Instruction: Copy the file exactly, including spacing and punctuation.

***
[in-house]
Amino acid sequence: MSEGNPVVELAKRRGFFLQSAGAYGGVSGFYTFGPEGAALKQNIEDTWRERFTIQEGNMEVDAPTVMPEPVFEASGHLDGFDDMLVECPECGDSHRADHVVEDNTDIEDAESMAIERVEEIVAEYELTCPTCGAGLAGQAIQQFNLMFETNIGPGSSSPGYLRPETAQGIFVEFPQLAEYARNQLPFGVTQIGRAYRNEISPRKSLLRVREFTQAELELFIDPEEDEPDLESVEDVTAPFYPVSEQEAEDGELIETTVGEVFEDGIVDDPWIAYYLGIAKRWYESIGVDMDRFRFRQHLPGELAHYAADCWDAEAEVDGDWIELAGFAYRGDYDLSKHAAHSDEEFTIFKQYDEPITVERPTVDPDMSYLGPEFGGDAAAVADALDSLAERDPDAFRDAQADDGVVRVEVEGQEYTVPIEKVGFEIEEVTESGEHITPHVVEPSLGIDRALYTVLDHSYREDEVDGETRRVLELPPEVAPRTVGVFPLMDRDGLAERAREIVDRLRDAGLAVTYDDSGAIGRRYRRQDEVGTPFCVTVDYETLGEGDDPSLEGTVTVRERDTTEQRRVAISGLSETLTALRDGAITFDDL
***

[in-house]
Amino acid sequence: MSEGNPVVELAKRRGFFLQSAGAYGGVSGFYTFGPEGAALKQNIEDTWRERFTIQEGNMEVDAPTVMPEPVFEASGHLDGFDDMLVECPECGDSHRADHVVEDNTDIEDAESMAIERVEEIVAEYELTCPTCGAGLAGQAIQQFNLMFETNIGPGSSSPGYLRPETAQGIFVEFPQLAEYARNQLPFGVTQIGRAYRNEISPRKSLLRVREFTQAELELFIDPEEDEPDLESVEDVTAPFYPVSEQEAEDGELIETTVGEVFEDGIVDDPWIAYYLGIAKRWYESIGVDMDRFRFRQHLPGELAHYAADCWDAEAEVDGDWIELAGFAYRGDYDLSKHAAHSDEEFTIFKQYDEPITVERPTVDPDMSYLGPEFGGDAAAVADALDSLAERDPDAFRDAQADDGVVRVEVEGQEYTVPIEKVGFEIEEVTESGEHITPHVVEPSLGIDRALYTVLDHSYREDEVDGETRRVLELPPEVAPRTVGVFPLMDRDGLAERAREIVDRLRDAGLAVTYDDSGAIGRRYRRQDEVGTPFCVTVDYETLGEGDDPSLEGTVTVRERDTTEQRRVAISGLSETLTALRDGAITFDDL